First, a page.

City zeroes in on bike, pedestrian safety | April 12, 2013 | Mountain View Voice | Mountain View Online |

Mountain View Voice

News - April 12, 2013

City zeroes in on bike, pedestrian safety

Data, deaths spark council to make it a top goal

by Daniel DeBolt

The city is continuing to ramp up efforts to make Mountain View more pedestrian friendly after residents called for safer streets in a series of Voice articles published last year.

This story contains 1127 words.

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Posted by RealData, a resident of Cuesta Park
on Apr 12, 2013 at 2:44 pm

Did that list of dangerous intersections take into account the amount of traffic? El Camino has accidents because there are lots of cars on El Camino - you need to look at the rate, not the plain number.

This idea of narrowing Castro by Graham is ludicrous. 95 percent of the time this area is deserted and there is no traffic risk to anybody. The only times there is risk are at start and end of the school day, and then only for 30-45 minutes.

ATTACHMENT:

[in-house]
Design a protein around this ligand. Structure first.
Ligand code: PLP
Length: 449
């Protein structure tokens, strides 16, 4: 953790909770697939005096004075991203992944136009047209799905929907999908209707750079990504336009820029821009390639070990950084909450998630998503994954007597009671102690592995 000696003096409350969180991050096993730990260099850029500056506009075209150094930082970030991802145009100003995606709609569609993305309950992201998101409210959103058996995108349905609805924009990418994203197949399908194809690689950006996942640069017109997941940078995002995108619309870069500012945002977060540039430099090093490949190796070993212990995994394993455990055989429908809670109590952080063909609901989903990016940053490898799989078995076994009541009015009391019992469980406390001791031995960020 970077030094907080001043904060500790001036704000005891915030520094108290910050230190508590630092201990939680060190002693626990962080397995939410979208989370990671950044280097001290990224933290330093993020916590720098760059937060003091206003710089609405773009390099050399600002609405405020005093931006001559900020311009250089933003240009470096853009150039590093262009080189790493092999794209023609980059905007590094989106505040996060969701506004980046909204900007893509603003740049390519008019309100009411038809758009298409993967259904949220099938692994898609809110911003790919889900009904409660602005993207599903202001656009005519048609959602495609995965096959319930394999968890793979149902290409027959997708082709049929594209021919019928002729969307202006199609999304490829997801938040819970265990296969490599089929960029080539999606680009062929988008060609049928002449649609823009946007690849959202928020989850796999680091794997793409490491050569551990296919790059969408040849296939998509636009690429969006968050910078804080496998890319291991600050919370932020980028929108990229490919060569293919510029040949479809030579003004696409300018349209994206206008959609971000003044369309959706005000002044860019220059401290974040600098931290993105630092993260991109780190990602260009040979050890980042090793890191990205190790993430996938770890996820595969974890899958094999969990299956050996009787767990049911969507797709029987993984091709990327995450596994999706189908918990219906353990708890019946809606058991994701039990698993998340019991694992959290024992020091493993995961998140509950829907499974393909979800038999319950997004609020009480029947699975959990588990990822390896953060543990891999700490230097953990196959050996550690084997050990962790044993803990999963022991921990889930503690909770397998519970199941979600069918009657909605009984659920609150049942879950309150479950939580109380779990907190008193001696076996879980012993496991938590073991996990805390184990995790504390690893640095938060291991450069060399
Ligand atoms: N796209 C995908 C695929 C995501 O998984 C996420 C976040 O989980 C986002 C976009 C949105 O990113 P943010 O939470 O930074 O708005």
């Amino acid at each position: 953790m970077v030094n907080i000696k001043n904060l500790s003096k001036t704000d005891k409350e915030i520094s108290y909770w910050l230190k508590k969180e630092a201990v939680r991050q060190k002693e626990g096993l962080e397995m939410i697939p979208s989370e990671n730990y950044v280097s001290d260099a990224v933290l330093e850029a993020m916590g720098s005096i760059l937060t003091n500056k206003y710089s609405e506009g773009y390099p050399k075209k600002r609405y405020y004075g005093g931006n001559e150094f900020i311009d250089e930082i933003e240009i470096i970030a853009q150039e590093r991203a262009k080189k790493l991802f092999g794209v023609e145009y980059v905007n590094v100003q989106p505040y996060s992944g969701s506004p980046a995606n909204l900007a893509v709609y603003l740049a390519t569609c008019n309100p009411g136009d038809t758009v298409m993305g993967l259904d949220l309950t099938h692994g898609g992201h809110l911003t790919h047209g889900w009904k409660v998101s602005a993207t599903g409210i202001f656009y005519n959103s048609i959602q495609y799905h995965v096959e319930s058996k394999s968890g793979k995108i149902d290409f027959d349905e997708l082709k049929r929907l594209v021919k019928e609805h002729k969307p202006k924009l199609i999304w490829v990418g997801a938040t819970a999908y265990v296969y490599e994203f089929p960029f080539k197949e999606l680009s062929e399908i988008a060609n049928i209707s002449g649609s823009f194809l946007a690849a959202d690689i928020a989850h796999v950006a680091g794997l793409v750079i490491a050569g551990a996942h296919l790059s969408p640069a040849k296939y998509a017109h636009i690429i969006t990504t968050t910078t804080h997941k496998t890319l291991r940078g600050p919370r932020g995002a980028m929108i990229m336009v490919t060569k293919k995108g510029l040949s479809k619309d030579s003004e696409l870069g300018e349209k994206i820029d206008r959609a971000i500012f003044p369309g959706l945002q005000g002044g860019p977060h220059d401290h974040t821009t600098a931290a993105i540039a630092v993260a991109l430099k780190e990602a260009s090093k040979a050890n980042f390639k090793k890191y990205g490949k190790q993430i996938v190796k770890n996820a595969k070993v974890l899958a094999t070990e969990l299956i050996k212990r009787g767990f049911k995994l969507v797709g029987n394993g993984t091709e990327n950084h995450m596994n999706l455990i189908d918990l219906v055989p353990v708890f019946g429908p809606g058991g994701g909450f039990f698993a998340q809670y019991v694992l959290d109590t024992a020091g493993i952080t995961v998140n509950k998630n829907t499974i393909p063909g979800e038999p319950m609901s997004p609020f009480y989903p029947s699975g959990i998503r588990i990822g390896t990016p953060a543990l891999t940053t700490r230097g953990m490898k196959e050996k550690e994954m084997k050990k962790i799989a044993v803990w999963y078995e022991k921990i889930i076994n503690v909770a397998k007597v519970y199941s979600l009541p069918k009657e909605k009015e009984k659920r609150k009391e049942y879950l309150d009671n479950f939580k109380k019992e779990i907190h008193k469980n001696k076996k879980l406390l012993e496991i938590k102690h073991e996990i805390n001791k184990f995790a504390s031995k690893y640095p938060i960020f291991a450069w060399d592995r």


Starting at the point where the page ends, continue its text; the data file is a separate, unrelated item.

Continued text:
Rather than mess with traffic 100% of the time - find improvements that improve safety without affecting traffic the other 22 hours of the day.

A pedestrian crossing light (like the one between Wal Mart and Target on Showers), or even a human crossing guard at start/end of school would be far better for everyone than reducing lanes.

Posted by Janet L, a resident of Rex Manor
on Apr 14, 2013 at 11:24 am

RealData, you're looking at the danger on El Camino backwards. What determines the rate of collisions in this data is not the number of cars, it's the number of people on bikes and on foot. There are lots of cars on Hwy 101 but virtually zero car/bike/ped collisions.

The fact that El Camino has so many bike/ped collisions when it's not an area people seek out for walking or riding shows that the way it's designed to speed cars through makes it inhospitable to anyone who has the audacity to use it without a car. As for South Castro Street, it may seem empty to you except for school hours, but people who walk or ride bikes there beg to differ.

Look at the map again, the streets that allow car speeds of 35 mph and greater are the ones that are dangerous for them. When cars go fast the drivers don't see people on foot or bikes well and don't have much time to react and stop in time.

If you've never walked in a crosswalk with a green light and had a car whip around a corner and nearly take you out, you probably don't cross El Camino, Shoreline, San Antonio or Rengstorff on foot or bike much.

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